Studio Co-ordinator Terry Anderson writes about his recent trip to France:
From the 28th of September to the 6th of October, the 32nd edition of the Salon International de la Caricature, du Dessin de Presse et d’Humour unfolded in St.Just-le-Martel. Those cartoonist who’ve made the trip before will already know all the little quirks and touches that make the Salon what it is: the symbolic, ubiquitous Limousin cattle; the various porcelain prizes given out over the two weekends, sometimes accompanied by photo-ops with live animals; the abundance of food, drink & hospitality extended by many in the village, most notoriously the local priest who insists upon cramming his ancient atelier with cartoonists every Sunday for a VERY early aperitif; and the sheer diversity and volume of cartoons put on show and created on the spot for lucky visitors.
But there are new wrinkles. I was delighted to learn the main exhibition space has been named the Espace Loup after an artist of whom all at the Studio are great admirers and someone who has given an enormous amount of time and support to the Salon over the years.
This year’s show included a number of discrete exhibitions alongside the general collection of cartoons and caricatures from around the world, including but not limited to:
- drawings of New York by CABU
- sculptures and drawings to be viewed with 3-D glasses by MOUGEY
- portraits of notable cartoonists by ROLAND HOURS
- strips about Corsican separatists by DELAMBRE
- a 20 year retrospective of cartoonist GAB
- a huge collection of American press cartoons, via the DARYL CAGLE website
- whimsical animal illustrations by TURCIOS
- classic visual humour from MOFREY
- a large selection of great cartoons by DOAA ELADL
- the “to eat or not to eat” exhibit from the inaugural NIELS BUGGE competition in Denmark, as well as substantial collections from Belgium and The Netherlands, and a show of timely cartoons on modern Franco-German relations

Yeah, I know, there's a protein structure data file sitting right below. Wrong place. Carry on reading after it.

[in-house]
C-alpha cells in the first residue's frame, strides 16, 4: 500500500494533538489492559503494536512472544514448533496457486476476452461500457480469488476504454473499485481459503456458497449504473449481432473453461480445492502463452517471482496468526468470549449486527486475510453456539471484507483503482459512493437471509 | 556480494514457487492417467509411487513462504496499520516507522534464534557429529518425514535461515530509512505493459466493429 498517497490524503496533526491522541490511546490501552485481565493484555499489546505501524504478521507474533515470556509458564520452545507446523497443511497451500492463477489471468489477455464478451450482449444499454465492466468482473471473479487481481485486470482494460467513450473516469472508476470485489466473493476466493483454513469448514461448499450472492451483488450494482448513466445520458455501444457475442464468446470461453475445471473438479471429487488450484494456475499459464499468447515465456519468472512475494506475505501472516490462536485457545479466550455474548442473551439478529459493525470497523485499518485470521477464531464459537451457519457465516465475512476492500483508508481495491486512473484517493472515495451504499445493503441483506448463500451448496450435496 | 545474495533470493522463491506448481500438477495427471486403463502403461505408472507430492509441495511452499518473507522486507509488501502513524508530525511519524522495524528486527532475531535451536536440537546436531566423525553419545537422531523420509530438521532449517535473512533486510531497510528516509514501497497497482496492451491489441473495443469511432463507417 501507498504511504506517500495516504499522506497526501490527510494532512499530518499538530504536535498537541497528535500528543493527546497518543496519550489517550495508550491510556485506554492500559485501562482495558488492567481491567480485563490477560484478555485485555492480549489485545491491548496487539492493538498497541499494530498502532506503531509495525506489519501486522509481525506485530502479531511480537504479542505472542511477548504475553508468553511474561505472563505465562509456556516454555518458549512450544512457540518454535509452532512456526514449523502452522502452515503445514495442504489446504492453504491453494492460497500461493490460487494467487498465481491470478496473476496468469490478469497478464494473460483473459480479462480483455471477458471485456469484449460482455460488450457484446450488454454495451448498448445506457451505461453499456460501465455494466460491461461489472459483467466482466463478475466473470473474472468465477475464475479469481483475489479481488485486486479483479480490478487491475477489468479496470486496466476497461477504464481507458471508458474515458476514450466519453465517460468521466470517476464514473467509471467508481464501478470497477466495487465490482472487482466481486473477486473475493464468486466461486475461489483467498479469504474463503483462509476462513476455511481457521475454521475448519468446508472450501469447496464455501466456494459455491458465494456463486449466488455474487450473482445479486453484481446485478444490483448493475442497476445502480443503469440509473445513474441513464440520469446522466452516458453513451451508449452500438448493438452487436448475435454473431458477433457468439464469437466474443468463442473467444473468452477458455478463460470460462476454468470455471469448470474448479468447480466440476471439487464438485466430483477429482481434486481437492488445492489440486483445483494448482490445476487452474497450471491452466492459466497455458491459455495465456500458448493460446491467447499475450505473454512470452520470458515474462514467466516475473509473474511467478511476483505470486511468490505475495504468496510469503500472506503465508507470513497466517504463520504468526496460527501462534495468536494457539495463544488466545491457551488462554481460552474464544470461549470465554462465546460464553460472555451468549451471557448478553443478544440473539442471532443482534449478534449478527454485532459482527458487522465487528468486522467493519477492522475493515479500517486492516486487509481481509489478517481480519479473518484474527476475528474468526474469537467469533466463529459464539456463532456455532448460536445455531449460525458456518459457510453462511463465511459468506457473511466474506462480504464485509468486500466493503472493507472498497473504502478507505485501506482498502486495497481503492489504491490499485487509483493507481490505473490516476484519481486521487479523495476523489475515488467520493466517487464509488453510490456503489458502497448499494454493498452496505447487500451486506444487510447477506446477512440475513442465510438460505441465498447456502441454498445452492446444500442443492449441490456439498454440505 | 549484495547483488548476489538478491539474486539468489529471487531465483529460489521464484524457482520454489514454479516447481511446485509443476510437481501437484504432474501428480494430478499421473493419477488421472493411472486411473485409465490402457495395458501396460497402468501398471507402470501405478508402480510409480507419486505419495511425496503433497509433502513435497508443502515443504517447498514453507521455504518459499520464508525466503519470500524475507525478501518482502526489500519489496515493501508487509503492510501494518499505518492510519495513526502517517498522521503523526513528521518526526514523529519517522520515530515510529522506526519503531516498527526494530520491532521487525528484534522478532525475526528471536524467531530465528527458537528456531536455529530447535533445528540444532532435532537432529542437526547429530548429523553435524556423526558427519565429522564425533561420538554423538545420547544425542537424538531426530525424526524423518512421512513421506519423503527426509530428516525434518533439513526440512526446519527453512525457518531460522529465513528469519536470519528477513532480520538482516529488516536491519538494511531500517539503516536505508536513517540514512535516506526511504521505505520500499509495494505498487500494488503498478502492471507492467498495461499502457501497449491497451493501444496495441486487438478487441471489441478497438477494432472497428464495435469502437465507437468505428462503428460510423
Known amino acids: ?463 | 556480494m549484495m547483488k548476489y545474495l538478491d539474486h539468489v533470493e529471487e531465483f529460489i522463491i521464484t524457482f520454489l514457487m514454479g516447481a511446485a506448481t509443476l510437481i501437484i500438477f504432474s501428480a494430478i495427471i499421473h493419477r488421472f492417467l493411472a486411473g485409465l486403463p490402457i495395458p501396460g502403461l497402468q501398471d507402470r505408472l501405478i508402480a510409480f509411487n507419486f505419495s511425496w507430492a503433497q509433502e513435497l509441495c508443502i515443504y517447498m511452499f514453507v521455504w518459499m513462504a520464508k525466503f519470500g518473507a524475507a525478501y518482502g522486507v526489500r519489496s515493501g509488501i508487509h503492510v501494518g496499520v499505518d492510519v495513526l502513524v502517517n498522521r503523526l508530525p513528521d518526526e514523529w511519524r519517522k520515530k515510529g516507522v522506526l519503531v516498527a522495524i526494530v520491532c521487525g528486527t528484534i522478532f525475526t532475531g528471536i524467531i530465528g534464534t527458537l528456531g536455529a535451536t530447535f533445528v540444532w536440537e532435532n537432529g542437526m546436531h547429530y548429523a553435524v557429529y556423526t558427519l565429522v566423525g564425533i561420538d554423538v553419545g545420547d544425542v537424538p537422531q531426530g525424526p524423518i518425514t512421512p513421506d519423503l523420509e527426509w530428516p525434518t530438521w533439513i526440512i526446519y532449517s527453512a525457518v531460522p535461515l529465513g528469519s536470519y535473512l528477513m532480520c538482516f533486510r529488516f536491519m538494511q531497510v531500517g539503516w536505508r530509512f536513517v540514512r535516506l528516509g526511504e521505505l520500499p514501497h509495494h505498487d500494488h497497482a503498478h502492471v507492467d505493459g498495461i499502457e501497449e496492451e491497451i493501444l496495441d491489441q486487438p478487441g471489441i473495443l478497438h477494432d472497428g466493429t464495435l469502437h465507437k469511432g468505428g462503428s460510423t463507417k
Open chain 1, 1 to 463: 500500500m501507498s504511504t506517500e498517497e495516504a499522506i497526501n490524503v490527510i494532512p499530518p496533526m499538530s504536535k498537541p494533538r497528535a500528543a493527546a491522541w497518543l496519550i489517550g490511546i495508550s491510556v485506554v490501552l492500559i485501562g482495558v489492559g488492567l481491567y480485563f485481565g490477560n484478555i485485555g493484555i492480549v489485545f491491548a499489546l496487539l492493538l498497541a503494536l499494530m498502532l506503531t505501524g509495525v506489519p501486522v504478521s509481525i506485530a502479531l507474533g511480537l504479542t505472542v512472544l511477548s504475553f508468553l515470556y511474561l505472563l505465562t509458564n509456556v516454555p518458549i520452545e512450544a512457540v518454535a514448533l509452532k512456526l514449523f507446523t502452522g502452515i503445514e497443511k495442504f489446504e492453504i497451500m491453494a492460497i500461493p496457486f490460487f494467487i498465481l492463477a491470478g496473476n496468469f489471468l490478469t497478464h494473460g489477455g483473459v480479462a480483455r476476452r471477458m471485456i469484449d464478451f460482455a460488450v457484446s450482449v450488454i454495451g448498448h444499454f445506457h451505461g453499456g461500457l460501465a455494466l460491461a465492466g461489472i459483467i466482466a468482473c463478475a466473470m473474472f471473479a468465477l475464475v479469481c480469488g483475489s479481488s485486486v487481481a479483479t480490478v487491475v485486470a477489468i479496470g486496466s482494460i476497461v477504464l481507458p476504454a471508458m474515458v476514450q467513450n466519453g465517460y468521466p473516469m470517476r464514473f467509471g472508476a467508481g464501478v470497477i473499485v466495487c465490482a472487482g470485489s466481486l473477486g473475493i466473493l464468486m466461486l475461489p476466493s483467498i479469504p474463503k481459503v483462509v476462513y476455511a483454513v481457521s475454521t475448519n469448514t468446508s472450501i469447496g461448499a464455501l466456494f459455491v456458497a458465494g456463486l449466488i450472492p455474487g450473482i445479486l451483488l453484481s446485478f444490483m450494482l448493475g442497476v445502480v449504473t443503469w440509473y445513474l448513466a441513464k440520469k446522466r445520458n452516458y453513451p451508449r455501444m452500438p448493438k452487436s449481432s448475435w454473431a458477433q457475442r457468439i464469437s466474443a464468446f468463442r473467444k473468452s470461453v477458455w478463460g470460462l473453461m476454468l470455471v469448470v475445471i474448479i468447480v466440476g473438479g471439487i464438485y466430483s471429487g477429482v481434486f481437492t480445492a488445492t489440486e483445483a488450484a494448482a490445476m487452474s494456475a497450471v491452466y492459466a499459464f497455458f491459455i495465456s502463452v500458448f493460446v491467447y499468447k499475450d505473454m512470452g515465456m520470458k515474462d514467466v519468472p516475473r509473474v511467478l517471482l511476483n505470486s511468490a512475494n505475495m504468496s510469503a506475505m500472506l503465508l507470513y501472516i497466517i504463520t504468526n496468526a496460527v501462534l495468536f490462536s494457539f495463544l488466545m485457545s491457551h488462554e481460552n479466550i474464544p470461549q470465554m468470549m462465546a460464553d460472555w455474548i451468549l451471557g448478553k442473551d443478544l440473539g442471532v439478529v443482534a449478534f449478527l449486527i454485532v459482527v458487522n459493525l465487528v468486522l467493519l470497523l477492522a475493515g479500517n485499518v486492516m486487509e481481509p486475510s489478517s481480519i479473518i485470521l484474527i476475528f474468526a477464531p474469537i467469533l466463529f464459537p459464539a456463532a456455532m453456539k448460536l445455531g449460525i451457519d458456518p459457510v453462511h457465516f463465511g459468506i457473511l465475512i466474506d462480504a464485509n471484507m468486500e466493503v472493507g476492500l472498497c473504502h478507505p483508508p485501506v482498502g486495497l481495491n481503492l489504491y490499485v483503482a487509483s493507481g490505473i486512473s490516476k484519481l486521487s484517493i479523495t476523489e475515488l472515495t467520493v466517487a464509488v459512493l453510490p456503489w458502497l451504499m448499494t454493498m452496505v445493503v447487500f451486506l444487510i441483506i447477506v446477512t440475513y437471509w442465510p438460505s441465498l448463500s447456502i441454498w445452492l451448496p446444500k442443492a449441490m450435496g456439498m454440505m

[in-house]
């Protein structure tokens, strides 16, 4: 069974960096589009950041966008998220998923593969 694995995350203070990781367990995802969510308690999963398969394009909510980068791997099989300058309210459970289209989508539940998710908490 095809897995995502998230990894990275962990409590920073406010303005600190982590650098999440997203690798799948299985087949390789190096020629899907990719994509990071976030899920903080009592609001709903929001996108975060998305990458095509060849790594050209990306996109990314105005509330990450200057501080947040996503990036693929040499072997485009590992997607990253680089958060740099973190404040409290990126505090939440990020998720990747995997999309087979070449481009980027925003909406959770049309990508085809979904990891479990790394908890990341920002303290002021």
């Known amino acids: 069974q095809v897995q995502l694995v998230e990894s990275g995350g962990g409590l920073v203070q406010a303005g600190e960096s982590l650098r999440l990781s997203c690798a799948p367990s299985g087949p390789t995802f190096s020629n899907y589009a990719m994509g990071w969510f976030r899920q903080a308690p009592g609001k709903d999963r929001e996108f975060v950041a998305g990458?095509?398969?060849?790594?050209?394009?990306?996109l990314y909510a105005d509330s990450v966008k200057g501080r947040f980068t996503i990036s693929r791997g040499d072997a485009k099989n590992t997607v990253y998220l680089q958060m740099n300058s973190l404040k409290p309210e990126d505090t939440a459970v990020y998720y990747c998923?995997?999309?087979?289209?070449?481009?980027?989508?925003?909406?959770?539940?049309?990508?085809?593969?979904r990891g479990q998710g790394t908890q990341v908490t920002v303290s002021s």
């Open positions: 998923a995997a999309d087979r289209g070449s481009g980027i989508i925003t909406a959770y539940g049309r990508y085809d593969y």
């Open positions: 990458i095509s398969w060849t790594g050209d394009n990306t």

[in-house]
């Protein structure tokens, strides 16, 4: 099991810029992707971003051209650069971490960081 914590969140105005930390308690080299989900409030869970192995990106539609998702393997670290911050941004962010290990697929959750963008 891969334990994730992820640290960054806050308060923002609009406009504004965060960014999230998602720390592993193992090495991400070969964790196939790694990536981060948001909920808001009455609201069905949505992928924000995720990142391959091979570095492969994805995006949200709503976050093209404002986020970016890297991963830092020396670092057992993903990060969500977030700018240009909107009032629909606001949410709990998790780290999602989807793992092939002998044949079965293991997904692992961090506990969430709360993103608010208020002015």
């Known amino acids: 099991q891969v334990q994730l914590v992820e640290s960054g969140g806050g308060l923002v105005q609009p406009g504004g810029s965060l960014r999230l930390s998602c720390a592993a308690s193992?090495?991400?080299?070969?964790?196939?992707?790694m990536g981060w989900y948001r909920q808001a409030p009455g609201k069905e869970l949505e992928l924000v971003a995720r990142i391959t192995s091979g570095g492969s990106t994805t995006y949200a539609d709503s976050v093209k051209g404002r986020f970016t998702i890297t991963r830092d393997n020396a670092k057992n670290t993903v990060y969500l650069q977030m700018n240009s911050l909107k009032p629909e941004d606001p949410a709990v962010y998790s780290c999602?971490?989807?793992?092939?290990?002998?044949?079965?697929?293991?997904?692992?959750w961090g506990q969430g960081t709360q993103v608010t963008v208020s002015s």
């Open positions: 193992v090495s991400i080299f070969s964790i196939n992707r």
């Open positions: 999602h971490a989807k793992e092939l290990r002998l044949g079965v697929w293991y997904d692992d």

- extraordinary collaborations between cartoonists and the local association of porcelain makers
Highlights of the first weekend were Turcios winning the prix de humour tendre and Doaa receiving special recognition with a crayon porcelaine on her first appearance at the Salon. I also enjoyed catching up with some old friends like George Million, Peter Ruge, Uschi Heusel and Alex Noel Watson while making the acquaintance of new faces such as Christian Creseveur. The Salon really is like the UN at times; at one point I was explaining to two Frenchmen what a third was saying to a Russian for the benefit of an Eqyptian.
Mid-week we took some time out in Limoges and without really trying fell upon yet more cartoon exhibitions. The Museé de la Resistance had a showing of cartoon strips by artists from the Malmö centre, all meditations on or responses to Art Spiegelman’s MAUS. Meanwhile at the Bibliothèque Francophone there was a hugely impressive retrospective on the VALÉRIAN & LAURELINE bandes dessineé. As one display made explicit, we’ve all seen key images from these comics as they form a recurring influence throughout the Star Wars films.
And so it continued for the second weekend, kicking off with the traditional train full of cartoonists inbound from Paris being greeted by talented “callicaturist” Claudio Puglia and friends in historic attire. After that the focus was firmly on the Americans. Daryl Cagle won the prix de humour vaiche with friends Pat Bagley, Bob Englehart and recent Pulitzer winner Steve Sack also honoured. It was great to chat a bit with these gents as well as China’s Lichuan Xia. I also caught up with Scottish cartoonist Ross Thomson and attended the annual FECO meeting. The Arab world, its recent political travails, cartooning’s place and its power within them were clearly on the minds of a great many cartoonists this year. There was an on-stage debate with Doaa Eladl and Nadia Khiari, creator of the WILLIS FROM TUNIS cartoons, about cartooning in Eqypt, Tunisia and the Middle East. The room was later packed for a photo in support of missing Syrian artist Akram Raslan.
The Salon always lay on entertainment on the Friday and Saturday evenings. On my last night there was a terrific band who seemed able to keep up with any and all suggestions thrown at them. Seemingly in honour of Cagle & co, several French folk made valiant attempts at English language standards. I shan’t soon forget formidable cartoonist Robert Rousso’s rendition of “Old Man River”.
St.Just-le-Martel is most definitely mon maison spirituelle. I know I’ll be back and I look forward to contributing something to its next decade of success.